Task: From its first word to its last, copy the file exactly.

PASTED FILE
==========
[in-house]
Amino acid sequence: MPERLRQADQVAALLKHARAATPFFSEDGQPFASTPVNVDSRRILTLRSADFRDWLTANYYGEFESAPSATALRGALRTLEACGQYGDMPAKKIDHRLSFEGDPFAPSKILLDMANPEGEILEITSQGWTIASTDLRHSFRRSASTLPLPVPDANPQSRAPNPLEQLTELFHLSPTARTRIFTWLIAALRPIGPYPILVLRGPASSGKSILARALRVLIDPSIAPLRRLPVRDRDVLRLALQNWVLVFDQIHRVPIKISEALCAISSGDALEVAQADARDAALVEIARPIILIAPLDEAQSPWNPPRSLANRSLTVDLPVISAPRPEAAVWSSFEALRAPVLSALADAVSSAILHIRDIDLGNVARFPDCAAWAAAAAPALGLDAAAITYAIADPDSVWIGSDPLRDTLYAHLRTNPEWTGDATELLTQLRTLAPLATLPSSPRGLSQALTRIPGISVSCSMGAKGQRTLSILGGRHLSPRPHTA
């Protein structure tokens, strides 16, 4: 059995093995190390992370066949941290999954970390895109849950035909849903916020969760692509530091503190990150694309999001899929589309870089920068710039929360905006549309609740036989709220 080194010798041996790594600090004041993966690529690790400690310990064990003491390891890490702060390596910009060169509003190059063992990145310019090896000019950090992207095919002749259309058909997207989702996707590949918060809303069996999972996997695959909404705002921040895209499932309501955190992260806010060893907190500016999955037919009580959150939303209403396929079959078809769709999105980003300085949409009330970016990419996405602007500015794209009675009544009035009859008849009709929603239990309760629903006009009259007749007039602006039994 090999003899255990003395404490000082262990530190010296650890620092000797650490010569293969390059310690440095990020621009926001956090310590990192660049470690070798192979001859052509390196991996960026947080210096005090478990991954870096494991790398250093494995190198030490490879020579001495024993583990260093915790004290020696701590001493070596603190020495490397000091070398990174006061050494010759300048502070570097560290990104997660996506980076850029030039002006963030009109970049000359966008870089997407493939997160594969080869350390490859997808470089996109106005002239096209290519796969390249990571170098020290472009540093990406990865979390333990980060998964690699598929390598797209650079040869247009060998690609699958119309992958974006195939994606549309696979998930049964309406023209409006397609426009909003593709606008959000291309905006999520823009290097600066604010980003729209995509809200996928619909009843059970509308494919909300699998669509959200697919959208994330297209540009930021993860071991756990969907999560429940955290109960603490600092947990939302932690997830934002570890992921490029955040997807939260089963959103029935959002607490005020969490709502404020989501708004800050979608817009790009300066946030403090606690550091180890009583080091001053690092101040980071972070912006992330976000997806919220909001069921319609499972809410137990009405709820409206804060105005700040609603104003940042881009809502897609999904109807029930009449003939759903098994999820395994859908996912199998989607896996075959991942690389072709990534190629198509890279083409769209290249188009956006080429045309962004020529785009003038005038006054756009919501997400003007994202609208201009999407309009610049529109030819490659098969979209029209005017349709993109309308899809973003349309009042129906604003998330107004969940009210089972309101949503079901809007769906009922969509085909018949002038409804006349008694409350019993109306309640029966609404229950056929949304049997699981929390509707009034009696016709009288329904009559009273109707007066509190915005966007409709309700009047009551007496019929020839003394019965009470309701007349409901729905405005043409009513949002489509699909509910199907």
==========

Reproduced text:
[in-house]
Amino acid sequence: MPERLRQADQVAALLKHARAATPFFSEDGQPFASTPVNVDSRRILTLRSADFRDWLTANYYGEFESAPSATALRGALRTLEACGQYGDMPAKKIDHRLSFEGDPFAPSKILLDMANPEGEILEITSQGWTIASTDLRHSFRRSASTLPLPVPDANPQSRAPNPLEQLTELFHLSPTARTRIFTWLIAALRPIGPYPILVLRGPASSGKSILARALRVLIDPSIAPLRRLPVRDRDVLRLALQNWVLVFDQIHRVPIKISEALCAISSGDALEVAQADARDAALVEIARPIILIAPLDEAQSPWNPPRSLANRSLTVDLPVISAPRPEAAVWSSFEALRAPVLSALADAVSSAILHIRDIDLGNVARFPDCAAWAAAAAPALGLDAAAITYAIADPDSVWIGSDPLRDTLYAHLRTNPEWTGDATELLTQLRTLAPLATLPSSPRGLSQALTRIPGISVSCSMGAKGQRTLSILGGRHLSPRPHTA
């Protein structure tokens, strides 16, 4: 059995093995190390992370066949941290999954970390895109849950035909849903916020969760692509530091503190990150694309999001899929589309870089920068710039929360905006549309609740036989709220 080194010798041996790594600090004041993966690529690790400690310990064990003491390891890490702060390596910009060169509003190059063992990145310019090896000019950090992207095919002749259309058909997207989702996707590949918060809303069996999972996997695959909404705002921040895209499932309501955190992260806010060893907190500016999955037919009580959150939303209403396929079959078809769709999105980003300085949409009330970016990419996405602007500015794209009675009544009035009859008849009709929603239990309760629903006009009259007749007039602006039994 090999003899255990003395404490000082262990530190010296650890620092000797650490010569293969390059310690440095990020621009926001956090310590990192660049470690070798192979001859052509390196991996960026947080210096005090478990991954870096494991790398250093494995190198030490490879020579001495024993583990260093915790004290020696701590001493070596603190020495490397000091070398990174006061050494010759300048502070570097560290990104997660996506980076850029030039002006963030009109970049000359966008870089997407493939997160594969080869350390490859997808470089996109106005002239096209290519796969390249990571170098020290472009540093990406990865979390333990980060998964690699598929390598797209650079040869247009060998690609699958119309992958974006195939994606549309696979998930049964309406023209409006397609426009909003593709606008959000291309905006999520823009290097600066604010980003729209995509809200996928619909009843059970509308494919909300699998669509959200697919959208994330297209540009930021993860071991756990969907999560429940955290109960603490600092947990939302932690997830934002570890992921490029955040997807939260089963959103029935959002607490005020969490709502404020989501708004800050979608817009790009300066946030403090606690550091180890009583080091001053690092101040980071972070912006992330976000997806919220909001069921319609499972809410137990009405709820409206804060105005700040609603104003940042881009809502897609999904109807029930009449003939759903098994999820395994859908996912199998989607896996075959991942690389072709990534190629198509890279083409769209290249188009956006080429045309962004020529785009003038005038006054756009919501997400003007994202609208201009999407309009610049529109030819490659098969979209029209005017349709993109309308899809973003349309009042129906604003998330107004969940009210089972309101949503079901809007769906009922969509085909018949002038409804006349008694409350019993109306309640029966609404229950056929949304049997699981929390509707009034009696016709009288329904009559009273109707007066509190915005966007409709309700009047009551007496019929020839003394019965009470309701007349409901729905405005043409009513949002489509699909509910199907």